I would say I’m a mechanical keyboard enthusiast, having owned  and used many keyboards throughout my time as a reviewer. This Ducky keyboard however, is one of the most prestigious brands I have managed to get my hands on and also one of the more rare brands in the UK. Known for their quality, I had high hopes for the Shine 2, particularly when it is their flagship model.

From the first glance of the keyboard I was impressed. Sure the design is simple, but the quality and features packed into such a clean looking board is immense. The amount of LED options is overwhelming, it took me a while to finally settle on a pattern I liked and I only just touched the surface, as I pretty much left the ‘record your own LED layout’ option alone bar the lighting tests. The additional function keys and options were great for general use and the slightly stiffer black switches made gaming a breeze and a pleasure to use the keyboard with. The option to turn various keys on and off, and swap certain keys with others was a nice touch – and useful to some I’m sure.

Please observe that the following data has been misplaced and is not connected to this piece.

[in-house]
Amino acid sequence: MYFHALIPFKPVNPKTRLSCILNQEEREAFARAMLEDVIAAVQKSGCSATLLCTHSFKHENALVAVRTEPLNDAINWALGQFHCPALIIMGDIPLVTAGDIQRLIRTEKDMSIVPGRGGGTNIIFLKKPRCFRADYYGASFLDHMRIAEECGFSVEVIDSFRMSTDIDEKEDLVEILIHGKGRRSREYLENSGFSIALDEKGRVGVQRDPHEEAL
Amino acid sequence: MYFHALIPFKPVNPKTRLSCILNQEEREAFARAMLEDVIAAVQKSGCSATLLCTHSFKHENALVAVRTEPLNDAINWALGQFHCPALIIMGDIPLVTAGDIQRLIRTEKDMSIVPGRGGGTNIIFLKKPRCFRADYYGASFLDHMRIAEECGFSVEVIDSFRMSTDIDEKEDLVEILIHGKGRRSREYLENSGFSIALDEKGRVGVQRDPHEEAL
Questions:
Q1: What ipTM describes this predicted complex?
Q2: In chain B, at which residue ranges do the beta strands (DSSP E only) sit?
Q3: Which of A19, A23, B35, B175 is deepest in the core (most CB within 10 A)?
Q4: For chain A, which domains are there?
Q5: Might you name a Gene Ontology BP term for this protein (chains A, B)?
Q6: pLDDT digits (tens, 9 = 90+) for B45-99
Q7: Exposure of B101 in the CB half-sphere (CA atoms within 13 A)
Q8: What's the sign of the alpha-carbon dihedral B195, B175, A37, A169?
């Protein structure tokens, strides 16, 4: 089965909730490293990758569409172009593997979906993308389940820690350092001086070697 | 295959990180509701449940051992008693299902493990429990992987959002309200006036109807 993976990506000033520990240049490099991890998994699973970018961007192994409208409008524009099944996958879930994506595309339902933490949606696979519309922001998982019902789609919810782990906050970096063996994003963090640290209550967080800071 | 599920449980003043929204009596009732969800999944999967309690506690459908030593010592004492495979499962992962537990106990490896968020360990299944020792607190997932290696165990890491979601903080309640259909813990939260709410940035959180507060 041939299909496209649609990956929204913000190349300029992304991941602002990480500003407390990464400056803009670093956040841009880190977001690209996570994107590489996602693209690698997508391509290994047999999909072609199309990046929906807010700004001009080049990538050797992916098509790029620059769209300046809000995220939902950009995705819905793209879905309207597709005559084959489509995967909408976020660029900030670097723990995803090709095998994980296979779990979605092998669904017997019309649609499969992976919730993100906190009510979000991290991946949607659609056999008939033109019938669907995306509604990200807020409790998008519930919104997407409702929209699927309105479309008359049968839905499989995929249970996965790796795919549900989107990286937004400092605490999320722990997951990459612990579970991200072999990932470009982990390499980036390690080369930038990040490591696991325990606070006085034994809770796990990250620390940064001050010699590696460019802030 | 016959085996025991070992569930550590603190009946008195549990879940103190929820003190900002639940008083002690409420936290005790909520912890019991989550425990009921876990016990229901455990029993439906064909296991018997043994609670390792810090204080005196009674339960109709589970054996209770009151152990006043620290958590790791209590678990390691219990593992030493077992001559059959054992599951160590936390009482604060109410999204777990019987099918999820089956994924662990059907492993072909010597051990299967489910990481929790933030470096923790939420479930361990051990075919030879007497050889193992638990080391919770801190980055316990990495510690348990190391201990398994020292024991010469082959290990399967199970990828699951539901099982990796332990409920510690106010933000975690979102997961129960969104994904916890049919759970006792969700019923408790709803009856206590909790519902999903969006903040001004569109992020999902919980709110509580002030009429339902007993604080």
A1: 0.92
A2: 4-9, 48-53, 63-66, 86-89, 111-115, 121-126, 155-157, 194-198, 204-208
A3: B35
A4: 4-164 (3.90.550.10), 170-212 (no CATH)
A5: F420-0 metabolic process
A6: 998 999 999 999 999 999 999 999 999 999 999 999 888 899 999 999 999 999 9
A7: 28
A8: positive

We mentioned in the introduction, that Ducky keyboards were not often seen on the cheap side of the mechanical keyboard market and the DK9008 Shine 2 is far from cheap. At £149.99 RRP, it is the most expensive keyboard we have seen at Play3r and the third most expensive I have used. This is down to both the amount of features packed in to the keyboard and the quality of the build – which is superb. Forget taking this keyboard to LANs, the switches are plate mounted, which adds to the already heavy weight of the keyboard. I’m not going to include the switch type as a negative, as the Shine 2 does have different switch options depending on the users preference, but these blacks were great for gaming, less so for lots of typing.

The Ducky DK9008 Shine 2 is perhaps one of the best keyboards I have had the pleasure of using to date. The quality and features are top notch, with great customisability options with the LEDs and key mapping. If price wasn’t an issue, then I would highly recommend checking out the Shine 2, so for these reasons, I am very happy to award the Ducky DK9008 Shine 2 with our most prestigious award: